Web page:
rss
twitter
facebook

Monday, March 3, 2014

Common Bugs When Testing iOS Apps

The bugs we’ve encountered ranged from app specific usability issues to general issues common amongst many apps. Today, we want to highlight 5 issues that we’ve encountered repeatedly, using some of the most popular apps as examples. The list below is presented in no particular order.

1. Handling Bad Network Connections
iOS devices are inherently mobile, so apps cannot assume permanent, fast connections to the internet. Tasks requiring network connections should generally be asynchronous and notify the user if they fail due to lack of connectivity. Facebook Messenger and iOS FaceTime handles this nicely. 

In Facebook Messenger, a warning message is displayed prominently, indicating that Internet connection is required for the app to function.

In FaceTime, an alert is displayed with buttons that take the user directly to network settings.
On the other hand, Vine and Instagram do not handle this well.

In Vine, users see a sad face and posts simply do not load. There’s no indication that this is caused by network connectivity.

Instagram shows a large reload button on images that cannot load. This button has no effect while network is off.

2. Handling Chinese (extended) Keyboard
iOS has a number of international keyboards built in. While most of these keyboards are of the same size, a few keyboards have extended sections. The Chinese Pinyin keyboard is an example of the extended keyboard. Apps should not assume a fixed keyboard size and should adjust their content appropriately.

The Google+ app, as shown above, has a small button above the normal keyboard that hides the keyboard when pressed.

However, when the Chinese keyboard is used, the extended keyboard covers most of the button, rendering it useless.

Using the device in landscape mode exacerbates the problem. In Twitter, the extended keyboard, custom buttons, navigation bar, and status bar combined take up almost the entire screen, leaving no room to display the input text field.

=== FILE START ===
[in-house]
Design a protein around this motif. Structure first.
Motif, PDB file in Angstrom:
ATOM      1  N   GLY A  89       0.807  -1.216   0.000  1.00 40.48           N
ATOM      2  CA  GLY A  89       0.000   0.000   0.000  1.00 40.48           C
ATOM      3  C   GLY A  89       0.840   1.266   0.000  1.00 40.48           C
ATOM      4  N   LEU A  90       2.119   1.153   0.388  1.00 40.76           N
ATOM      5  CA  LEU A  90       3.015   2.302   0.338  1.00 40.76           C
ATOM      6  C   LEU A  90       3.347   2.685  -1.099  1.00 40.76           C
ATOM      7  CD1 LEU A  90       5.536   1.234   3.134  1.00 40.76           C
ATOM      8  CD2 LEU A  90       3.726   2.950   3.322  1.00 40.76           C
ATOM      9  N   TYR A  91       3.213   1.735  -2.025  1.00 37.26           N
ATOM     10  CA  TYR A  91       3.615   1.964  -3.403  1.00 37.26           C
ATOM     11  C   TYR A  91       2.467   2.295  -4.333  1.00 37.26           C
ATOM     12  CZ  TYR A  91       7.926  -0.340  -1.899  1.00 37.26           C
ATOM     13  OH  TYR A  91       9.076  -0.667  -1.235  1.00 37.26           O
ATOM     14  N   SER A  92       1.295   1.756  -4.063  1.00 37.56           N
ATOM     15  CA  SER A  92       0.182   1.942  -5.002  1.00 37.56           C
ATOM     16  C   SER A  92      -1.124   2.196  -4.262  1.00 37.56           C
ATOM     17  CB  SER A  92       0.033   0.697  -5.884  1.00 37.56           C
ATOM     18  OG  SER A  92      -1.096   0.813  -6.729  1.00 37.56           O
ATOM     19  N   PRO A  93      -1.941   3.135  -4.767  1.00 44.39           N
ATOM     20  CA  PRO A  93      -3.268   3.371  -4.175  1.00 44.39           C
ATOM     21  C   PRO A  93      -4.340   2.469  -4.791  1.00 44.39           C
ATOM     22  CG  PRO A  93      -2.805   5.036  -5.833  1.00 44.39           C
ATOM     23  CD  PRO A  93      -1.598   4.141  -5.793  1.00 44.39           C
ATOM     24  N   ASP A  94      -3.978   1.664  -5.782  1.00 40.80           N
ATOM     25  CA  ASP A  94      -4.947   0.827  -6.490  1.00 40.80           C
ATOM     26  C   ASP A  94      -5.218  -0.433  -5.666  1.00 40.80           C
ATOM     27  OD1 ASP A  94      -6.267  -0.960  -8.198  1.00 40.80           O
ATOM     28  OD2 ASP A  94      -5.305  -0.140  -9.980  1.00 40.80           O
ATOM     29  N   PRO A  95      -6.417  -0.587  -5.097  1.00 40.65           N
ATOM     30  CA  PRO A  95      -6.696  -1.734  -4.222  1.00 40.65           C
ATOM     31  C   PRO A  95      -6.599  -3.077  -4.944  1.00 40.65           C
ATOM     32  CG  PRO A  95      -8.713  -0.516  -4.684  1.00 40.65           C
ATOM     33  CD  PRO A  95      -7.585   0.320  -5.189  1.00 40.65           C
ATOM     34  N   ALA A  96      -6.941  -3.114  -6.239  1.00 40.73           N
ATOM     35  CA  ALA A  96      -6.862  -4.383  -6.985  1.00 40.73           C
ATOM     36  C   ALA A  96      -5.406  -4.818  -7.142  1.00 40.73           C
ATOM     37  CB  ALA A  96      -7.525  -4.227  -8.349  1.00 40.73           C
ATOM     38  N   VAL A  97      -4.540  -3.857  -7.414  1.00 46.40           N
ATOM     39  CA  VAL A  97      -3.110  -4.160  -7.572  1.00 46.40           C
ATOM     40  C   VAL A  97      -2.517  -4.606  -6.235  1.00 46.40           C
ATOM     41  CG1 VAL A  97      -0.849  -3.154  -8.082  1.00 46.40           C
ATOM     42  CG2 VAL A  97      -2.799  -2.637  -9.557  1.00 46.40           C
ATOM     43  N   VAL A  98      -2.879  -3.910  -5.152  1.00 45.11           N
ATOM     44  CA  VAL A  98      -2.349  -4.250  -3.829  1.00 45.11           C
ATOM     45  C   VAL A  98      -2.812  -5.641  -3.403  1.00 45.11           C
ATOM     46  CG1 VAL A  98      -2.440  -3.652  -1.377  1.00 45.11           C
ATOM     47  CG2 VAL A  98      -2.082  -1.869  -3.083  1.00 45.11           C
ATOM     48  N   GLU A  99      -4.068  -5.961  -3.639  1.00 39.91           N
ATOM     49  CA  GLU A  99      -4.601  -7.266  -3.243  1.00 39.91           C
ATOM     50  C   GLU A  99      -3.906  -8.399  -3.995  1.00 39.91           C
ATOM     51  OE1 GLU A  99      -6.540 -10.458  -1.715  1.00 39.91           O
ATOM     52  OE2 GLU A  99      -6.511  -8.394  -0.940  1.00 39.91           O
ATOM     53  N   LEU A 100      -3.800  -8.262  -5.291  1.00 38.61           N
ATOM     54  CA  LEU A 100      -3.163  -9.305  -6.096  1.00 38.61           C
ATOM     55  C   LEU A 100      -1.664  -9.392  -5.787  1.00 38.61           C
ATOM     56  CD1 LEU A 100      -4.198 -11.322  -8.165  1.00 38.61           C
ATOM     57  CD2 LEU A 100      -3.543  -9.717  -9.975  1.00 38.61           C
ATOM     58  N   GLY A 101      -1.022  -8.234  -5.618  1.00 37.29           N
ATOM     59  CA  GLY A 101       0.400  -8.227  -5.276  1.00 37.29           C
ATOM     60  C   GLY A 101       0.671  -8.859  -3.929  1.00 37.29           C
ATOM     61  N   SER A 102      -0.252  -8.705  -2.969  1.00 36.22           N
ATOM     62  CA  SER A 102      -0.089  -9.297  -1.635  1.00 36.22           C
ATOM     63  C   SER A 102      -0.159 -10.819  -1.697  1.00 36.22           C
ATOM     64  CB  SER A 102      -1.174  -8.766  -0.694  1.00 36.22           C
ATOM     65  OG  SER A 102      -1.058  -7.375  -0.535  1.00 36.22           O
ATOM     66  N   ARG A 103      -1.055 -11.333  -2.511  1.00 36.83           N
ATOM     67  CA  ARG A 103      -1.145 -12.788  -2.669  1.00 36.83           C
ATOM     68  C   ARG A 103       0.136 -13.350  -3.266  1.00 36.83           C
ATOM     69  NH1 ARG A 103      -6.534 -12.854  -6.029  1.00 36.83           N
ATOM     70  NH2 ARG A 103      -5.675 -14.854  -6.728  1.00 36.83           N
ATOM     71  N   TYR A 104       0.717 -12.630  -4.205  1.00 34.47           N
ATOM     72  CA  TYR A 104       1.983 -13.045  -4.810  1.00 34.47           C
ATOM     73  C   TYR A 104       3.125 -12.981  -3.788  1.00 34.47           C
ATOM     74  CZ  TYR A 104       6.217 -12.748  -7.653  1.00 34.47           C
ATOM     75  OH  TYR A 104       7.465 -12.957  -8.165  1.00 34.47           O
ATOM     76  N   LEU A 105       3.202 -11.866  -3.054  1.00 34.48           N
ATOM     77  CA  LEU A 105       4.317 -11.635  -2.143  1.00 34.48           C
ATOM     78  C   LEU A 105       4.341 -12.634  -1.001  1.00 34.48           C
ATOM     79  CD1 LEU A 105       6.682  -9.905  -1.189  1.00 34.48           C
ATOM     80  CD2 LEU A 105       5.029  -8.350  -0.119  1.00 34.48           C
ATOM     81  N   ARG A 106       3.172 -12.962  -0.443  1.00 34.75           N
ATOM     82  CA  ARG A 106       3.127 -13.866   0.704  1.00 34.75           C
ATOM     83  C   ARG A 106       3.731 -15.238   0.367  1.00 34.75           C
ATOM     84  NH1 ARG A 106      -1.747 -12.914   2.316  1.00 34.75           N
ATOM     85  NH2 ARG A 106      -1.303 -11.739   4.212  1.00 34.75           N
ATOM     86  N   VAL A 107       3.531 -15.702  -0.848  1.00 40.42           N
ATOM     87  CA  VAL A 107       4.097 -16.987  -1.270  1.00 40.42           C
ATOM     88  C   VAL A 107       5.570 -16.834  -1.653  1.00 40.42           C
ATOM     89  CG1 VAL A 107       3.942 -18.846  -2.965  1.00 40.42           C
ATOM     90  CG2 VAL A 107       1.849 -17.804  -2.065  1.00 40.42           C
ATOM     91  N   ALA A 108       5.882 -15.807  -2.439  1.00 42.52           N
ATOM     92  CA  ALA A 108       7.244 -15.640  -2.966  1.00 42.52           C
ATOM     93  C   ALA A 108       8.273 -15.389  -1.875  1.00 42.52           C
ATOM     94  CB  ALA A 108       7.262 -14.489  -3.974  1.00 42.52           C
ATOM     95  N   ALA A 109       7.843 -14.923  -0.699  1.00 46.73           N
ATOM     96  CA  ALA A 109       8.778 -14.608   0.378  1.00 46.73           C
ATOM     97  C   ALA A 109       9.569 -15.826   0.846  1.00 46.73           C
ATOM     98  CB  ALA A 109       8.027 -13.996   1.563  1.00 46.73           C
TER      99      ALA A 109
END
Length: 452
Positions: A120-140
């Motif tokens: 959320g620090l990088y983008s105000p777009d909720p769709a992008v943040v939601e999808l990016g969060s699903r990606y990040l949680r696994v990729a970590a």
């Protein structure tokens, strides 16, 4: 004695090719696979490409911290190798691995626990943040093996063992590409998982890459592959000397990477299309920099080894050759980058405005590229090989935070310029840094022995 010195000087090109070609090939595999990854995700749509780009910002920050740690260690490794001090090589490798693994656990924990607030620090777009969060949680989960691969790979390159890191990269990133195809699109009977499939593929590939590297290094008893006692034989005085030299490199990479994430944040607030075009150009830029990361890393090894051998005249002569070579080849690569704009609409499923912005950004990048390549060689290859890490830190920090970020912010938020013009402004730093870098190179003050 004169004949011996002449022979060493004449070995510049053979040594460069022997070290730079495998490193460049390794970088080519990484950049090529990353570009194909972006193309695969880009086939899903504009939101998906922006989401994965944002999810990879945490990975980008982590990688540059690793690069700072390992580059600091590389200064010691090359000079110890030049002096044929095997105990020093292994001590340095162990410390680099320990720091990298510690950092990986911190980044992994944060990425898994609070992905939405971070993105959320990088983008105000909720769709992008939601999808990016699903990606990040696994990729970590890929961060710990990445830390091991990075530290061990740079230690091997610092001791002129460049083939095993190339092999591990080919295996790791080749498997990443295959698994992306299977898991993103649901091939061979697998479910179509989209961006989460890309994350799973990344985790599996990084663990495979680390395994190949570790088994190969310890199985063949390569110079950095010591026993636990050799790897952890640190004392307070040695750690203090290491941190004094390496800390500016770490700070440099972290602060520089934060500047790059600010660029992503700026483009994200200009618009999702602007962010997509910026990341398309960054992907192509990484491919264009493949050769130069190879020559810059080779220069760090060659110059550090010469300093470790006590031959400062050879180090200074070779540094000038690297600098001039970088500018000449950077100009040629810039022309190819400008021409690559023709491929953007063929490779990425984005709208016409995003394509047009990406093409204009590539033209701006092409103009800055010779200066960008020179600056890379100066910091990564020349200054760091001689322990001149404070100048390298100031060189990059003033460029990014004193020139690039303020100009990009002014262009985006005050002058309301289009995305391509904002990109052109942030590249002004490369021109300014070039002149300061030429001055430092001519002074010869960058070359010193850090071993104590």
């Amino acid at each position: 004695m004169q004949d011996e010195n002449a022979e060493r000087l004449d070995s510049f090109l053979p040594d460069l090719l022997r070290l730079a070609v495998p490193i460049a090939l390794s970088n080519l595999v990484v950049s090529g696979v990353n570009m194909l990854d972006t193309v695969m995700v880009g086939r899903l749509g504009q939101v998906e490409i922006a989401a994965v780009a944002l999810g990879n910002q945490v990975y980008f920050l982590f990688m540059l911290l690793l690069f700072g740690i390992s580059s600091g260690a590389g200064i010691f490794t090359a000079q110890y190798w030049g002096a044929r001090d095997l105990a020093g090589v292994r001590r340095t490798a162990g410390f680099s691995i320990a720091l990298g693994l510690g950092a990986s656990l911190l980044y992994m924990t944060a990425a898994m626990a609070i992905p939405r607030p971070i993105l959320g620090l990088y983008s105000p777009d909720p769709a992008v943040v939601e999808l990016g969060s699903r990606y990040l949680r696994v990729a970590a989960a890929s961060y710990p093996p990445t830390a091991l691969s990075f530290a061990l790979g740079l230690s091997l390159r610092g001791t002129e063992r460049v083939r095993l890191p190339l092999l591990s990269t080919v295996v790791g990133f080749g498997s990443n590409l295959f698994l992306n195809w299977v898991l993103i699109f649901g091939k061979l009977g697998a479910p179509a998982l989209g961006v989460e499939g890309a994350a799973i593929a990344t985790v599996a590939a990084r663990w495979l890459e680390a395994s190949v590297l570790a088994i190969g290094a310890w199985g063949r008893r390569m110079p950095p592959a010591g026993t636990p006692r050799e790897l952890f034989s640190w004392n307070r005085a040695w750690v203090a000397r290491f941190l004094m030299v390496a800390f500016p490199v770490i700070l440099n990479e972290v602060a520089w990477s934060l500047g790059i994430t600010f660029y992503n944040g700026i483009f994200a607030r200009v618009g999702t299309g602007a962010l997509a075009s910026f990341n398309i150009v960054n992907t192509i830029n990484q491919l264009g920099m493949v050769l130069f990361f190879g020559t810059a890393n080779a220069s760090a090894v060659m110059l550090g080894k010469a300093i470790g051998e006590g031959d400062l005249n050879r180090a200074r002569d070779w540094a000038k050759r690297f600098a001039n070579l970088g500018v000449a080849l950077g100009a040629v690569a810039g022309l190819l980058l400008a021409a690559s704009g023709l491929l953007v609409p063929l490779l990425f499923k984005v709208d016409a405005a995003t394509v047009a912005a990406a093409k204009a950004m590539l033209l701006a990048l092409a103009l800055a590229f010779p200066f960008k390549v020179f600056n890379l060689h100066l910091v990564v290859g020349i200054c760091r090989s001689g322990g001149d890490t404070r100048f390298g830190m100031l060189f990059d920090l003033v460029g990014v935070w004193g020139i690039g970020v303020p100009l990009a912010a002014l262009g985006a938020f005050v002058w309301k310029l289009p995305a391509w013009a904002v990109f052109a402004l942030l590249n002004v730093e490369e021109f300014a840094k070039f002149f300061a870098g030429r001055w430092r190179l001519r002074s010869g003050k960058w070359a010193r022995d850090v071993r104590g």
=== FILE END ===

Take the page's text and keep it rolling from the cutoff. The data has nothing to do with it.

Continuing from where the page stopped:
3. Handling Privacy Settings
iOS privacy settings control third party app access to photos, locations, and contacts. Apps needing access to these assets need to handle cases when access has been denied either inside the app or outside through system settings. A great way to handle this is to let the users know about the necessary permissions and give them instructions on how to turn them on.

A good example of how to handle this is the Facebook app. When it lacks permission to access location, it shows a clear message with step-by-step instructions for users on how to grant access.

On the other hand, when Vine lacks permission to access location, it gets stuck searching for nearby places with no indication of what’s wrong.

4. Validating User Input
Many apps allow users to input username, birthdate, or other account information. Basic input validation should be implemented, and if the user’s input is invalid, a clear explanation should be presented.

Skype does not validate user’s birthdate, so a completely bogus date can be entered.

Path has very few restrictions for usernames. In the screenshot above, the username is set to a large number of blank spaces followed by a period. Path does not allow usernames to contain only blank spaces and will fail silently (i.e. it does not save the username and shows no explanation). 

5. Handling Simultaneous Button Presses
iOS devices support multi-touch and apps should properly handle cases when users intentionally or accidentally touch multiple buttons at the same time.

In Pinterest, tapping ‘Pin it’ and ‘Send’ at the same time when viewing a pin will cause the app to enter a bad state.

Conclusion
As we’ve illustrated above, common issues can be found even in some of the most popular and mature apps. By sharing experiences we gained from testing, we hope to help improve apps built by our readers. There’s a lot more we’d like to share in future posts. If you have any thoughts or questions regarding testing, don’t hesitate to contact us at support@rultech.com


Rultech Blog - Wordpress
Rultech Blog - Blogspot
Rultech Knowledge Base - Knowledge Base
Pro!deaClub - Blogspot 

Sunday, February 23, 2014

Usefull Plugins for Xcode

What’s this all about?